Olives and Avocados
Both olives and avocados belong to the group of monounsaturated fats. Is monounsaturated fat good for you? You tell me! Monounsaturated fats lower cholesterol levels in the blood, thus lowering the risk of stroke or heart disease. The nutrients in such fats contribute Vitamin E and other antioxidants that both develop and maintain your body’s cells. Use olive oil or avocado oil as dressing for your salads, or you may even use olives and avocados in their physical form as snacks for your daily healthy fat intake.
I would not recommend cooking with these oils, for they have a low smoke point, which means that when you add heat, they go rancid rather quickly. What this means is that when you eat rancid oil, you run the risk of turning a health oil into an unhealthy one. This unhealthy oil, in turn, can cause inflammation in your body, so watch out!
Animal fats are an excellent choice for cooking, but I would only advise you to use the ones that come from organic, pastured and grass-fed animals. If you have access to a good source, fats such as ghee, tallow or lard would be healthful and delicious options to choose from. Animal fats are important sources of Vitamin A and D. They also help converting carotene to vitamin A for the better absorption of minerals. They also serve as essential building blocks of a variety of hormones and cell membranes. Read more here.
Nut oils, Nuts and Nut butters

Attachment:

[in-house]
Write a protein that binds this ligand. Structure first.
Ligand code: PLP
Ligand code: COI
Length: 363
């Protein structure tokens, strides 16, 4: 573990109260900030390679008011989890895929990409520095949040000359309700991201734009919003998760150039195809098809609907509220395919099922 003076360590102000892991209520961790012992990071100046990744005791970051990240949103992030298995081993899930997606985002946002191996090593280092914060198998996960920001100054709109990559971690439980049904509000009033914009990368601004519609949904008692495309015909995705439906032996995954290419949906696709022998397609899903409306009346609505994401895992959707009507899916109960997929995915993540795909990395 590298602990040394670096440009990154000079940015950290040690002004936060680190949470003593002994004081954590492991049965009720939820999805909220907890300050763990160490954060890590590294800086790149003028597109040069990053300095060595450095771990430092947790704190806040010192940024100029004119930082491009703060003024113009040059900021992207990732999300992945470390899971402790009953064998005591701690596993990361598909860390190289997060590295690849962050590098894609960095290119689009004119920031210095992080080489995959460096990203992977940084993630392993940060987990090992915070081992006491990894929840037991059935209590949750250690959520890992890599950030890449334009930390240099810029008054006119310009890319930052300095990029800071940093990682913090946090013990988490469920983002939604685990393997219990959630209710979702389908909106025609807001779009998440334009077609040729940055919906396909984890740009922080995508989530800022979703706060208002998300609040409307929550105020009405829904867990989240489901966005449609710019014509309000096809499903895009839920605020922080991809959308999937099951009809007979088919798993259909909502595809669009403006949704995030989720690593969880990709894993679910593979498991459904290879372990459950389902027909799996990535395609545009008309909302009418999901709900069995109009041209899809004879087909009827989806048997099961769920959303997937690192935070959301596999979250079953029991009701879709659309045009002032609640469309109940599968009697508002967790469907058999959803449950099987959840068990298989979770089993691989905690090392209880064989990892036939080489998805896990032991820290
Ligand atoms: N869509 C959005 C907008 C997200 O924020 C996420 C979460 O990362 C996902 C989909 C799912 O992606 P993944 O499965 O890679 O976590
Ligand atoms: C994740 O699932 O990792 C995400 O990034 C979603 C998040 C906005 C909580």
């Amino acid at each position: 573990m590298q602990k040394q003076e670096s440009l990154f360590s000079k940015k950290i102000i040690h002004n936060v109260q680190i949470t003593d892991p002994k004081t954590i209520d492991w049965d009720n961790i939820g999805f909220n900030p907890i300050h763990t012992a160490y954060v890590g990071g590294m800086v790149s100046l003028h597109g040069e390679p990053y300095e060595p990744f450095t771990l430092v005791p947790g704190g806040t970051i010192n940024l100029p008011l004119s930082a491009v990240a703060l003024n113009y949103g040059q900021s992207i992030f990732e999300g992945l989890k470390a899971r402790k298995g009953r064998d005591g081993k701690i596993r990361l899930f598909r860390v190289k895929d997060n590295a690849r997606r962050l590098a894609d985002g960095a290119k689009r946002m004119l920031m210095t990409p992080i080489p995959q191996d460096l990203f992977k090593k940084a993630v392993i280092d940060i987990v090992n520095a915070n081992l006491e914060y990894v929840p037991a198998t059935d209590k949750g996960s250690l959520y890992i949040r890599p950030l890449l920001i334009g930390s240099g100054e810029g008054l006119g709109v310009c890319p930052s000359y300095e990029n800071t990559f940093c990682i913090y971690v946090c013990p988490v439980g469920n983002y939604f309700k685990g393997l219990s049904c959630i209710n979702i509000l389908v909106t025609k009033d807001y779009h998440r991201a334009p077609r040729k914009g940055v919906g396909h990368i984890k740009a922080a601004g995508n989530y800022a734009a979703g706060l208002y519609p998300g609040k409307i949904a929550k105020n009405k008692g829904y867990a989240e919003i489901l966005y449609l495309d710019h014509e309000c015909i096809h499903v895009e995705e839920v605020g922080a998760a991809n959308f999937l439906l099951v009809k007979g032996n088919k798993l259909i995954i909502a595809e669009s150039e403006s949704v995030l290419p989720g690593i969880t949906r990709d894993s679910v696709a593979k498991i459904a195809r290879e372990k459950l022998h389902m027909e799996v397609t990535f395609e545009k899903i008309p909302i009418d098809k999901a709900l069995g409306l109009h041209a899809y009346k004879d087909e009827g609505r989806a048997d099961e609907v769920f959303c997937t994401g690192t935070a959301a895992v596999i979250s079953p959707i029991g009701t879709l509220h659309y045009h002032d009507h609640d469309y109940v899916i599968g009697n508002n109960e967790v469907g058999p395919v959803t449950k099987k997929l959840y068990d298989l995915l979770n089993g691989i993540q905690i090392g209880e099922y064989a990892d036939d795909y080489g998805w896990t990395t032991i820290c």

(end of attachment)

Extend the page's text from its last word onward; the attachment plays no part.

If consumed in moderation, nuts and nut butters can serve as healthy additions to any meals, snacks or even desserts. You may consume nuts raw, dry and even roasted. You may add them to cooked foods for crunch, or enjoy them as snacks in between meals. Nut oils can add an unexpected flavor to your meals or salads, but do not use them for cooking, for they are bound to become rancid and unstable upon prolonged exposure to heat.
If you want to go with nut butters, I would say examine the nutrition facts on the side for added sugars. One of the funny thing about nuts is that they seem small, but they are calorically dense and you may eat a lot of them before realizing how much you actually ate. Try and stay within the range of a quarter cup or a handful of nuts per serving. Read more here.
Seeds are one of the most Paleo-friendly snacks you can ever try. Some seeds include: pine nuts, sunflower, sesame, pumpkin seeds and many others. Seeds produce a large amount of concentrated vitamins, proteins, essential oils, enzymes and minerals to sustain us. Knowing when, how and how much to eat from seeds can go a long way in adding decades to your lifespan. Read more here.